In Act I, Scene 3 of Shakespeare's King Lear, in what manner has Lear offended Goneril and her household? 

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William Delaney eNotes educator| Certified Educator

In Act I, Scene 3 of King Lear we see from Goneril's conversation with her steward Oswald that she is becoming extremely annoyed with her father, his fool, and his one hundred knights as long-term guests. She objects to the way Lear allows his fool the same license he enjoyed before, i.e., to play tricks on people and make embarrassing jokes about them. She tells Oswald:

By day and night he wrongs me; every hour
He flashes into one gross crime or other,
That sets us all at odds. I'll not endure it.
His knights grow riotous, and himself upbraids us
On every trifle.

Just as she is telling Oswald she wants him to "come slack of former services"--that is, to make her father and his companions feel less welcome and perhaps encourage him to move elsewhere--the stage directions call for "Horns within," and Oswald says:

He's coming, madam; I hear him.

The reader can imagine Goneril's reaction to the horns announcing the arrival of her father from another hunting excursion accompanied by one hundred hungry, thirsty, mud-covered men on horses and a pack of hounds. They will all come tromping in, carrying bloody birds and animals and tracking mud all over the floors. Her body language at that point would show her exasperation and weariness. It is any housewife's worst nightmare. Goneril did not realize that when Lear gave away his kingdom he was planning on reliving his boyhood free of responsibilities and restraints. She has, in effect, one hundred and one grown-up little boys to look after, and Lear's knights form a personal bodyguard which could prove very dangerous to her own staff.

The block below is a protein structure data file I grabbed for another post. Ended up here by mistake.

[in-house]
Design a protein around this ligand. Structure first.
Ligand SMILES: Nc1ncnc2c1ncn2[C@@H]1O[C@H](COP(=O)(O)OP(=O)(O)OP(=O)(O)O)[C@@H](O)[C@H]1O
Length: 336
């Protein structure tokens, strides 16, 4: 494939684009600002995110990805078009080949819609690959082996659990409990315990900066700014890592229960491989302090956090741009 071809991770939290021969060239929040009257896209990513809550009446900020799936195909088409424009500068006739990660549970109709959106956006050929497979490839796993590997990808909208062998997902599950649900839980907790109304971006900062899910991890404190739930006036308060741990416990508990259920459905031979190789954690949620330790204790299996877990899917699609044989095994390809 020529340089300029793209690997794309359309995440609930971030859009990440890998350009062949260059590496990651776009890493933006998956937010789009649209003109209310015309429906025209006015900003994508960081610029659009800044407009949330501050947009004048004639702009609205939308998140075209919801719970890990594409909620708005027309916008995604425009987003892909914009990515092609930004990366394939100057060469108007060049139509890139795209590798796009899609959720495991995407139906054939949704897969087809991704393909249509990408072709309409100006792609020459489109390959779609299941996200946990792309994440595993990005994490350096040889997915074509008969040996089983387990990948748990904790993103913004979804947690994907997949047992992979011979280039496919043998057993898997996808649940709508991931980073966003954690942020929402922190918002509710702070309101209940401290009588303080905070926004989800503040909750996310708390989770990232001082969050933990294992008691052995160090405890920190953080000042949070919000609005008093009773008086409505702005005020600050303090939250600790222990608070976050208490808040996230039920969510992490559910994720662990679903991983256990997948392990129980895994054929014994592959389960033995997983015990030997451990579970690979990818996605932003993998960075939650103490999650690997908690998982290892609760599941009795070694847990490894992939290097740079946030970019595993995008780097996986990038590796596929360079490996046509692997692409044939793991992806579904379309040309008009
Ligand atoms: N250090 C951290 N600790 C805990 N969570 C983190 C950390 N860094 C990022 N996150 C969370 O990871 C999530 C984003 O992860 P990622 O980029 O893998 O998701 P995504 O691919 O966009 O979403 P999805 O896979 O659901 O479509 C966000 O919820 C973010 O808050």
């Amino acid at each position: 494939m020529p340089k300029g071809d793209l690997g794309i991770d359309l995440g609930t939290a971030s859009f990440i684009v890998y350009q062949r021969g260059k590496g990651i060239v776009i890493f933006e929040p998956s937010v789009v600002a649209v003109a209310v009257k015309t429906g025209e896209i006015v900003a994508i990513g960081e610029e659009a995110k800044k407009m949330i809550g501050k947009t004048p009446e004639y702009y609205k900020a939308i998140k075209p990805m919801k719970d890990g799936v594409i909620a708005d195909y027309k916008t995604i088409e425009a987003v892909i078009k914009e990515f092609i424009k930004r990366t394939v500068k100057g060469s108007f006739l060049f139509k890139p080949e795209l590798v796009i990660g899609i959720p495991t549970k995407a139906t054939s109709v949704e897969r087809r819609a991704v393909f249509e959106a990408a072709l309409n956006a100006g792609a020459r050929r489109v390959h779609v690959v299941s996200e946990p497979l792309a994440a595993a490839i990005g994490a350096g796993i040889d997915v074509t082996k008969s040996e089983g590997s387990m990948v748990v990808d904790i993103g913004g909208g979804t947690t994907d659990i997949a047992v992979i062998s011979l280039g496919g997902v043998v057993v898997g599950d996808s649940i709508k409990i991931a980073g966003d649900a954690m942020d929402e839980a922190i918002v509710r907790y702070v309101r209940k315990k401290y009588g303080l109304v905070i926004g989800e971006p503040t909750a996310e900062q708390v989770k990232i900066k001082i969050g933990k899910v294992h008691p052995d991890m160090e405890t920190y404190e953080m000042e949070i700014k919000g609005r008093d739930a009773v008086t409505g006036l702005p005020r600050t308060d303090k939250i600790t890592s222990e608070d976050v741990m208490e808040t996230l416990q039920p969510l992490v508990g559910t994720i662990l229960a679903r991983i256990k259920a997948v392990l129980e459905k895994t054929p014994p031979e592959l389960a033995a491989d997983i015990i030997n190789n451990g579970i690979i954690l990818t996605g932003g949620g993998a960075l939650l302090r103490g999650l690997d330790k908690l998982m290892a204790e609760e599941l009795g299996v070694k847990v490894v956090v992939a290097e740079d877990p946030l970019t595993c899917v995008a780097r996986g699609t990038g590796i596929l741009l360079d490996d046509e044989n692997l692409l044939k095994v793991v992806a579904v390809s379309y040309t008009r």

Goneril is cunning. Instead of asking her father to move out, or at least to get rid of some of his totally unnecessary retinue who are creating chaos through their sheer numbers, she is planning to get her father to make the decision to leave.

The first words Lear speaks in the next scene show his despotic, irresponsible attitude:

Let me not stay a jot for dinner; go get it ready.

He comes storming in with a hundred followers and expects dinner on the table immediately. We can certainly understand Goneril's feelings--especially since she does not love her father and probably never loved anybody but herself.

The main theme of Shakespeare's play is the disillusionment of an old man who is being forced to realize that he no longer has any power and that the admiration and respect he formerly enjoyed were only due to his status as king. Act I, Scene 3 represents a turning point which will lead to Lear's precipitous descent into homelessness, heartbreak and madness.